Links

Here are some interactive demos I made to let you play with Lagrange interpolation to get a feel for how it works, and it’s strengths and weaknesses:
One Dimensional Lagrange Interpolation
Two Dimensional Lagrange Interpolation

I also found these links really helpful in finally understanding this topic:
Lagrange Interpolation
Lagrange’s Interpolation Formula

Want to follow the rabbit hole a little deeper? Check out how sinc interpolation relates to the Lagrange form!
The ryg blog: sinc and Polynomial interpolation

The De Casteljau Algorithm for Evaluating Bezier Curves

Over the past year or so I’ve been digging fairly deeply into curves, mostly into Bezier curves specifically.

While digging around, I’ve found many mentions of the De Casteljau algorithm for evaluating Bezier curves, but never much in the way of a formal definition of what the algorithm actually is, or practical examples of it working.

Now that I understand the De Casteljau algorithm, I want to share it with you folks, and help there be more useful google search results for it.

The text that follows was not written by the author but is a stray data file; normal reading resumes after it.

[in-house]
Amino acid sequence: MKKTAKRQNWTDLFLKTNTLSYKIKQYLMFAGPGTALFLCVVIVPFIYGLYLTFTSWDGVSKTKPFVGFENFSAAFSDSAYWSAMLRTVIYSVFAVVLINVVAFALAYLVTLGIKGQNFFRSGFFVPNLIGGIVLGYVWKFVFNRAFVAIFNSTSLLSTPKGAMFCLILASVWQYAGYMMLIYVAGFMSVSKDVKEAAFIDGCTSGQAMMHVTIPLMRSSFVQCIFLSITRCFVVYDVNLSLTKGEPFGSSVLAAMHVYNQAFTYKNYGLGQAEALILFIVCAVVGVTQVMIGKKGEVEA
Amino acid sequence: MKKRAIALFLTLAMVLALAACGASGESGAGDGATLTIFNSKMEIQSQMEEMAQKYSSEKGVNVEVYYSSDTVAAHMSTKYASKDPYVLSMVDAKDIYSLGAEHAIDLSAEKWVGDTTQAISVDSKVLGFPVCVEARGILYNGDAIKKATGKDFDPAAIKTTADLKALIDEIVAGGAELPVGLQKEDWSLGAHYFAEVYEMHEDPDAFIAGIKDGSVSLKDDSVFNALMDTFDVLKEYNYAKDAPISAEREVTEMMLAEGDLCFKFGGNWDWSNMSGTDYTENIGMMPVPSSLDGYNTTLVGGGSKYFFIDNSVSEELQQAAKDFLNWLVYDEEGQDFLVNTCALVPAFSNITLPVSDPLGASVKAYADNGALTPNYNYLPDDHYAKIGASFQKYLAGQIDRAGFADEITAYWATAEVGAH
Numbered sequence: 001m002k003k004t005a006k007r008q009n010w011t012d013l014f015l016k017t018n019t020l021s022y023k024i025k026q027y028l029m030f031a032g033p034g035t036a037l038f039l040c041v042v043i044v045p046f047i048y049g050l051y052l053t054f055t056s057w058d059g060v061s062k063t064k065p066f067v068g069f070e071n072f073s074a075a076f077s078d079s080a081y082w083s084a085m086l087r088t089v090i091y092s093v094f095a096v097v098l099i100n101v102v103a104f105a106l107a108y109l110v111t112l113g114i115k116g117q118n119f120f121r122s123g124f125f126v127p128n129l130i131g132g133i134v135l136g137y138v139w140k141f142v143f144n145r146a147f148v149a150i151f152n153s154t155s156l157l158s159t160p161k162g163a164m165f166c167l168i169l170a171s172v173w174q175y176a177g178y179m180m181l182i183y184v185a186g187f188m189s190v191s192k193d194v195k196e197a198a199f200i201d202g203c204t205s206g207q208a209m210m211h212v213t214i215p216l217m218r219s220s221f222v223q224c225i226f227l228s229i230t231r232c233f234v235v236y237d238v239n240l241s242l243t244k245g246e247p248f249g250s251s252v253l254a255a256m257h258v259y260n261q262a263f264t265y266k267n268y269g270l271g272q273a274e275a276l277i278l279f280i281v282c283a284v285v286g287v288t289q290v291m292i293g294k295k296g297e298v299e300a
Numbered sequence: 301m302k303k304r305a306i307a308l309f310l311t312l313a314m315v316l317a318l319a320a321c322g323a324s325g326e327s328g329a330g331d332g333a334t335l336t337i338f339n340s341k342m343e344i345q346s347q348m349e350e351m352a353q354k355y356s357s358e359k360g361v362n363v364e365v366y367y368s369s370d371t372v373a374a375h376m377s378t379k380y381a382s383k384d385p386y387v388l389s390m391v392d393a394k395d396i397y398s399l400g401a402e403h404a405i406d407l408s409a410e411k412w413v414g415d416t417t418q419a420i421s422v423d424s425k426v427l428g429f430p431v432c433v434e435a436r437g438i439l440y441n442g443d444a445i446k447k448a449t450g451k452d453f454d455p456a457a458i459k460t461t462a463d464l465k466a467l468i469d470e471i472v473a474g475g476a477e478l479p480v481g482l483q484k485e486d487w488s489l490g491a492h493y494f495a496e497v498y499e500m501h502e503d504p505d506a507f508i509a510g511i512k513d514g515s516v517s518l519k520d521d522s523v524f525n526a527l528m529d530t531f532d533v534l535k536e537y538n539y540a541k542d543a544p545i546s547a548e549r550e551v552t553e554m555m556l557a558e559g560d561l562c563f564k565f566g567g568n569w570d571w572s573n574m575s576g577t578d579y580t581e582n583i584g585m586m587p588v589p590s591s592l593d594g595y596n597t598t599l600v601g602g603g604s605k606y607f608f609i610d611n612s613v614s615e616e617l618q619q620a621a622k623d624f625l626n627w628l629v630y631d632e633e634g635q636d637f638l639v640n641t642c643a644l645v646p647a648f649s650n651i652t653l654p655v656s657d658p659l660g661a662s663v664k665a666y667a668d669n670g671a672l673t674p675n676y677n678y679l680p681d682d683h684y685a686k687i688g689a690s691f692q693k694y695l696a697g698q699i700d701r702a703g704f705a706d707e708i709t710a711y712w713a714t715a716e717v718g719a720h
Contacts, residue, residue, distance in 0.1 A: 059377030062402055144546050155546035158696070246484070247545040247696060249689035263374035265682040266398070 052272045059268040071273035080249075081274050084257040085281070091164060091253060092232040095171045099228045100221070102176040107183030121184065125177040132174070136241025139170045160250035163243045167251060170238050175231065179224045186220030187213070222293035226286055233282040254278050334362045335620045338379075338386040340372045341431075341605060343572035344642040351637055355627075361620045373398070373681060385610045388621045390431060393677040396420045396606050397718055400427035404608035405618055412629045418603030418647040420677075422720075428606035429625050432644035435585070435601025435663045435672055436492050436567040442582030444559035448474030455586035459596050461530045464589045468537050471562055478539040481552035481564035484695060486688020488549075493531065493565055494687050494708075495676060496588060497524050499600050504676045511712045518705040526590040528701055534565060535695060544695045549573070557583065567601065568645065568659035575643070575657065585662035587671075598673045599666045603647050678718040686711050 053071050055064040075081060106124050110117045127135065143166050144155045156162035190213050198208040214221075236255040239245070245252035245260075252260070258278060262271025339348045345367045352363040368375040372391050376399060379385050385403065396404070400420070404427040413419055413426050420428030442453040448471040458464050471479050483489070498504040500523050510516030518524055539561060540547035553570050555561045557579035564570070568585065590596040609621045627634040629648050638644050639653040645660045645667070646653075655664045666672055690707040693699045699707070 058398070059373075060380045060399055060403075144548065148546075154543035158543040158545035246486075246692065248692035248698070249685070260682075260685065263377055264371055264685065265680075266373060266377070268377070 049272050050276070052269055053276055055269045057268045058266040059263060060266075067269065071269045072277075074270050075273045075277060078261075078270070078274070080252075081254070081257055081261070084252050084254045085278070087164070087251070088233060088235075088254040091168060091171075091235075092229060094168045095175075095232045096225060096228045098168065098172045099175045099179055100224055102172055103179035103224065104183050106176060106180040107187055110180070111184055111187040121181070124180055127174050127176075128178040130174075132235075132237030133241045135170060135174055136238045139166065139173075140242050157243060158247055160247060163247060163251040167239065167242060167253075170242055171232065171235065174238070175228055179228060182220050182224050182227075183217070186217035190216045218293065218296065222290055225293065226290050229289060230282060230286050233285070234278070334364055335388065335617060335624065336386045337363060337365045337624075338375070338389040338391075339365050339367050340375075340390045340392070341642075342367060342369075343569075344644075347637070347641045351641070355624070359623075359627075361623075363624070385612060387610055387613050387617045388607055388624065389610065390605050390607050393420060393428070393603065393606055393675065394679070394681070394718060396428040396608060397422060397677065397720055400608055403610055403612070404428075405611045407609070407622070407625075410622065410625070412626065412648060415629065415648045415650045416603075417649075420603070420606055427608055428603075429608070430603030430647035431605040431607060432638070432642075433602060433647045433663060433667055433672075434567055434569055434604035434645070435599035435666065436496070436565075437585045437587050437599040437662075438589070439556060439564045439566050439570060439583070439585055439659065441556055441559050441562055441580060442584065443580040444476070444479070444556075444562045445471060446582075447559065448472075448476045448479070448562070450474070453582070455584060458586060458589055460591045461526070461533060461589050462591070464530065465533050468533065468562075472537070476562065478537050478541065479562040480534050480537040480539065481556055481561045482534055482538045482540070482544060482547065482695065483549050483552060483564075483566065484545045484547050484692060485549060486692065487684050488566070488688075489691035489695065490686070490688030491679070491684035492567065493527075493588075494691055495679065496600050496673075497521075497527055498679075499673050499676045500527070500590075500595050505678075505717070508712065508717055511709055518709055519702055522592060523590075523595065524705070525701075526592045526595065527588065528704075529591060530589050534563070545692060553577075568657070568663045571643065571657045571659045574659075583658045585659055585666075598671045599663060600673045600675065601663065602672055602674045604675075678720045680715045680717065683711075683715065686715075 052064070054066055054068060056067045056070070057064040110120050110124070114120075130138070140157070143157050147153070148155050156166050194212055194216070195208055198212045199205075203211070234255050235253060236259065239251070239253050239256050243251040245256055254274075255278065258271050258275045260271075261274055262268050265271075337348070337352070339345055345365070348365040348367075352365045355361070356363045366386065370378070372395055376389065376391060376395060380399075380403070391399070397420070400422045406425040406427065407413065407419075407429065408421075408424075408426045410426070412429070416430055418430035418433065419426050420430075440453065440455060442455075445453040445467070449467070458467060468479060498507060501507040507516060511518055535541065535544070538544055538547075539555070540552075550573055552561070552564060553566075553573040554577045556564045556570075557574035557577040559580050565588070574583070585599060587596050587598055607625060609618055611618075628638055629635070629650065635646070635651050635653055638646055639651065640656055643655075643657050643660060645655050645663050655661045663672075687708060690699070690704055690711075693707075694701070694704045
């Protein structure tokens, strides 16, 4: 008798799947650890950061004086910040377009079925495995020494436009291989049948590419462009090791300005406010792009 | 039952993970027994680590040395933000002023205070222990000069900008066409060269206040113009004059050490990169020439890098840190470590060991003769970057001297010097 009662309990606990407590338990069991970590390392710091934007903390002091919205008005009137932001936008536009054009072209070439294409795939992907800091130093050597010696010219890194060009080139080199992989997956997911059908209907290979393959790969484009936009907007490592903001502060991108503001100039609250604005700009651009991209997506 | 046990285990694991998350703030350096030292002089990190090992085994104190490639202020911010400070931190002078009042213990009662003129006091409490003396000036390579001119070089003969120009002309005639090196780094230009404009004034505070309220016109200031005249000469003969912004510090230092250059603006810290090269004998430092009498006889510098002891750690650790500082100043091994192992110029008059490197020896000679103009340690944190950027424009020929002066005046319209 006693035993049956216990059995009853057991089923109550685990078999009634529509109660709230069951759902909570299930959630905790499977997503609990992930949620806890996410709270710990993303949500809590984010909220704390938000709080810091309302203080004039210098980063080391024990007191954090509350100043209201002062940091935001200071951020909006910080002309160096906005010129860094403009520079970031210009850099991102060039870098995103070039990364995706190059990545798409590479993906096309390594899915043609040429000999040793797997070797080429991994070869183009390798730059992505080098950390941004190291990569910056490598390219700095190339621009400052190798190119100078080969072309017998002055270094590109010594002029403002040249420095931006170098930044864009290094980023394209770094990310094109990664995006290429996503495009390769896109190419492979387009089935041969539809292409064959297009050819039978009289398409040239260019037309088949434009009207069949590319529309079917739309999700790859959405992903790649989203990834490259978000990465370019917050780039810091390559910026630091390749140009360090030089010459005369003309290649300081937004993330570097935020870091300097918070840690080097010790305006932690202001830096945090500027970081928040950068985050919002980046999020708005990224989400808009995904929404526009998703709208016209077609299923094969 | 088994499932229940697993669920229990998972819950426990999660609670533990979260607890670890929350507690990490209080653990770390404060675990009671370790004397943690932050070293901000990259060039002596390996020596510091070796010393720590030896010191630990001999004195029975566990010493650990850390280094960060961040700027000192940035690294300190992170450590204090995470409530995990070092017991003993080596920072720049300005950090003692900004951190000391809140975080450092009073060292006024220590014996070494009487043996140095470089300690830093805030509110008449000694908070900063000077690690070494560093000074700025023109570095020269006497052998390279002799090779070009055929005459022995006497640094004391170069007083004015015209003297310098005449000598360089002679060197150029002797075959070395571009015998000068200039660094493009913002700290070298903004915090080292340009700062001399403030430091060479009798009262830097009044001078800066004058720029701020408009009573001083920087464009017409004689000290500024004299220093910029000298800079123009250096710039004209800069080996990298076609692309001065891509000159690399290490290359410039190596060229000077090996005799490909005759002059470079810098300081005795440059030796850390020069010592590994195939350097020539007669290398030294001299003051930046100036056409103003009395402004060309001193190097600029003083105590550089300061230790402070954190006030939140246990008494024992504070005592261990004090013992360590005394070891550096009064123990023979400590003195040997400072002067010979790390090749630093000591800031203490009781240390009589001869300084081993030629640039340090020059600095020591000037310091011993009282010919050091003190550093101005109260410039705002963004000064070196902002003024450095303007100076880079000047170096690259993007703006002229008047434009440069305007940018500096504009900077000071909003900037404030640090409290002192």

The De Casteljau algorithm is more numerically stable than evaluating Bernstein polynomials, but it is slower. Which method of evaluating Bezier curves is more appropriate is based on your specific usage case, so it’s important to know both.

If you are looking for the mathematical equation of a Bezier curve (the Bernstein form which uses Bernstein basis functions), you have come to the right place, but the wrong page! You can find that information here: Easy Binomial Expansion & Bezier Curve Formulas

Onto the algorithm!

The De Casteljau Algorithm

The De Casteljau algorithm is actually pretty simple. If you know how to do a linear interpolation between two values, you have basically everything you need to be able to do this thing.

In short, the algorithm to evaluate a Bezier curve of any order N is to just linearly interpolate between two curves of degree N-1. Below are some examples to help show some details.

The simplest version of a Bezier curve is a linear curve, which has a degree of 1. It is just a linear interpolation between two points A and B at time t, where t is a value from 0 to 1. When t has a value of 0, you will get point A. When t has a value of 1, you will get point B. For values of t between 0 and 1, you will get points along the line between A and B.

The equation for this is super simple and something you’ve probably seen before: P(t) = A*(1-t) + B*t.

The next simplest version of a Bezier curve is a quadratic curve, which has a degree of 2 and control points A,B,C. A quadratic curve is just a linear interpolation between two curves of degree 1 (aka linear curves). Specifically, you take a linear interpolation between A,B, and a linear interpolation between B,C, and then take a linear interpolation between those two results. That will give you your quadratic curve.